... power, a consciousness of her own extraordinary beauty, and the control it gave her over the hearts of those of the other sex with whom she associated. Alas! that such a trait should have become a second nature to one with so heavenly a form and face. Perhaps it was owing to the want of the judicious management of a mother, of timely and kindly advice, that Isabella had grown up thus; certainly it seemed hard, very hard, to attribute it to her heart, her natural promptings, for at times she evinced ...
— The Heart's Secret - The Fortunes of a Soldier, A Story of Love and the Low Latitudes • Maturin Murray

... It was second nature with Polly to dance, and she did so with as much grace as she rode her father's thoroughbred horses on the ranch; or hiked the Rockies, over boulders and down-timber like a fawn. Kenneth Evans, the youngest man in the party from the city, was by far the handsomest ...
— Polly's Business Venture • Lillian Elizabeth Roy

... as he had expected to see, but only a very pleasant gentleman, not at all stiffened with the idea that he had the dignity of the profession to sustain. He was natural, friendly, and quite free from that solemn affectation which now and then becomes second nature in ministers some of us know, but which never fails to repel the sympathies of ...
— The Drummer Boy • John Trowbridge

... Herkomer's picture "The Last Muster" is too well known to need more than a passing comment. The scene it represents is enacted every Sunday in the Hospital at Chelsea. Twenty thousand men have ended their days peacefully in the semi-military life which in their long service has become second nature to them, and 500,000 have passed through ...
— Chelsea - The Fascination of London • G. E. (Geraldine Edith) Mitton

... offences, or sometimes at the mere caprice of those in power, men were taken up and bastinadoed in the open streets until they died from sheer agony, and their relations did not dare to remove the bodies for burial until their tyrants had left the scene. Cruelty became almost the second nature of the people. Theft was checked by the amputation of the first joint of the fore-finger of the right hand for the first offence. For the second, the whole hand was sacrificed, and for the third, the head itself was forfeited. ...
— The Pirate City - An Algerine Tale • R.M. Ballantyne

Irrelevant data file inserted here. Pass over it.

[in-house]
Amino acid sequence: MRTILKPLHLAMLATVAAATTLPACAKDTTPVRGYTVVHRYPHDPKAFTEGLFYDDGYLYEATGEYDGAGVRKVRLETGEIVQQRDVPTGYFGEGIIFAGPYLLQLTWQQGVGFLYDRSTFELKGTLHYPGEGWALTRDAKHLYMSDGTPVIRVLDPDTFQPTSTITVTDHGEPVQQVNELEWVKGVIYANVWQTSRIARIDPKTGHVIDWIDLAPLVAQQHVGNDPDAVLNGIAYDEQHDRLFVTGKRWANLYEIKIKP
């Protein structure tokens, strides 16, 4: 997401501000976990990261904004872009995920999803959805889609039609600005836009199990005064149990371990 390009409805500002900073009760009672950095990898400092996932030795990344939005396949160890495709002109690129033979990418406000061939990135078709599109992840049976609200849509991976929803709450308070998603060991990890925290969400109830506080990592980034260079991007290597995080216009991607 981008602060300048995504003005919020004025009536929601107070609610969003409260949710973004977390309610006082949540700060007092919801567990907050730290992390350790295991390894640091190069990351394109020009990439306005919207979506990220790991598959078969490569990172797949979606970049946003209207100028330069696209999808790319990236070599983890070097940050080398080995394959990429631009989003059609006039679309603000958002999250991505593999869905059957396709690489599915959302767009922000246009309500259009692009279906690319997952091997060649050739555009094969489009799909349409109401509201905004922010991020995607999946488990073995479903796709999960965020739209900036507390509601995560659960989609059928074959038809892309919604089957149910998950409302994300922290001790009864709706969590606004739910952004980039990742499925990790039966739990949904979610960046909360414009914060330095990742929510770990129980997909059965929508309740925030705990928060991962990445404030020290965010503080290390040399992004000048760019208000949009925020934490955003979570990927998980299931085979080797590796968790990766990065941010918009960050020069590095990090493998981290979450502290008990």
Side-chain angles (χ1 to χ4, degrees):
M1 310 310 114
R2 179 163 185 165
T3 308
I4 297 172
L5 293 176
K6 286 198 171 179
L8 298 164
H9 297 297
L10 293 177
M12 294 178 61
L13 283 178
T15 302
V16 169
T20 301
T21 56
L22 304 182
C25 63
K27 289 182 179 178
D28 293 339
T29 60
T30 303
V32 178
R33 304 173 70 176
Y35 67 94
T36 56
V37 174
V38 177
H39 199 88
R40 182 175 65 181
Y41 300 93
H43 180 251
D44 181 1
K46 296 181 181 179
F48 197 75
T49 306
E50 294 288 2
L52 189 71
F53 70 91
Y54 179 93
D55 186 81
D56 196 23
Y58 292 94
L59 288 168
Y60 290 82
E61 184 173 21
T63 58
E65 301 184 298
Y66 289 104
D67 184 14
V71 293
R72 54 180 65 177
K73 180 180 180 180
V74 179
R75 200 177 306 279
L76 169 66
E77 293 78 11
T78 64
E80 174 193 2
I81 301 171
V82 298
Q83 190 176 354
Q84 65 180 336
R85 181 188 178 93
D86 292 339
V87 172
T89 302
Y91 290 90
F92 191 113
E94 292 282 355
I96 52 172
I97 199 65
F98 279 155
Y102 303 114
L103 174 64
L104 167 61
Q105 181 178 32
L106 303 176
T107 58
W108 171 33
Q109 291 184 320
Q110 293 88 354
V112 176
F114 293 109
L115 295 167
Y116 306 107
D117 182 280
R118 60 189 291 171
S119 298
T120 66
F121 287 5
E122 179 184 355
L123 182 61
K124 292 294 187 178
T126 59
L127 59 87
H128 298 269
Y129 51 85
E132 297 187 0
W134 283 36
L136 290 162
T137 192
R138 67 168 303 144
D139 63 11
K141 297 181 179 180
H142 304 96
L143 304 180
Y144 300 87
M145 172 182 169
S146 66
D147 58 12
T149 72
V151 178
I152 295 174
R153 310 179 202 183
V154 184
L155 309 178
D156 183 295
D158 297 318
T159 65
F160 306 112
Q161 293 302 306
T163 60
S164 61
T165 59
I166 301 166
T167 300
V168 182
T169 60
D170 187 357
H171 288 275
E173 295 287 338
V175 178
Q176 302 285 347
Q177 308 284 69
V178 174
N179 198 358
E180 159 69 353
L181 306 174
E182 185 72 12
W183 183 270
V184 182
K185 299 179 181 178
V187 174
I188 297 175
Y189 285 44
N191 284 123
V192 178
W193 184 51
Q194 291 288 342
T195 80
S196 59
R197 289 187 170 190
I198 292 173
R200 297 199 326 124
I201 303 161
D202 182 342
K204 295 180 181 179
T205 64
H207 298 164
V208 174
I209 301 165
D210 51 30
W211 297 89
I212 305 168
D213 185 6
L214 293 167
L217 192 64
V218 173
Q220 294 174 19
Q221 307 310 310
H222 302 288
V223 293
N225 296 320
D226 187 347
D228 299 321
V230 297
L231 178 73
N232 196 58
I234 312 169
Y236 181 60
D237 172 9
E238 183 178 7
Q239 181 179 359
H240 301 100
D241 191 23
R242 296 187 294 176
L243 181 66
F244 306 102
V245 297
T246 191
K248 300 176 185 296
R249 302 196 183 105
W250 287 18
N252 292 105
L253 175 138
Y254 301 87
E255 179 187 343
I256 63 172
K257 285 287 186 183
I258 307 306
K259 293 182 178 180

... political? Must not open truth be the best way always? Yet with my father and mother old experience had long ago taught me to hold my tongue and not speak till the time came. Which was right? I felt that his rule of action crossed all my inner nature, if it were not indeed the habit which had become second nature. Mr. ...
— Daisy in the Field • Elizabeth Wetherell

... in practice. Capitalism was not a normalcy but an abnormalcy. Property is normal, and is more normal in proportion as it is universal. Slavery may be normal and even natural, in the sense that a bad habit may be second nature. But Capitalism was never anything so human as a habit; we may say it was never anything so good as a bad habit. It was never a custom; for men never grew accustomed to it. It was never even conservative; ...
— What I Saw in America • G. K. Chesterton

... mean to mislead or injure, but flirtation is second nature to him. This comes from the fact that flirtation, more than any other human experience, contains that ...
— How to Analyze People on Sight - Through the Science of Human Analysis: The Five Human Types • Elsie Lincoln Benedict and Ralph Paine Benedict

... always in pawn with some tradesman. And at last, to avoid the incessant difficulties of costume caused by the anxious lenders, he had assumed a disdain of military trappings, an eccentric fashion of shabby old tunics, which had become like a second nature. But the faction Barrios joined needed to fear no political betrayal. He was too much of a real soldier for the ignoble traffic of buying and selling victories. A member of the foreign diplomatic body in Sta. Marta had once passed a judgment upon him: "Barrios is a man of perfect ...
— Nostromo: A Tale of the Seaboard • Joseph Conrad

... refuse the offer," said Mr. Pendril, taking out his pencil, and making his professional note of the decision. As he shut up his pocketbook, he glanced toward Magdalen doubtfully. She had roused in him the latent distrust which is a lawyer's second nature: he had his suspicions of her looks; he had his suspicions of her language. Her sister seemed to have mere influence over her than Miss Garth. He resolved to speak privately to her sister before ...
— No Name • Wilkie Collins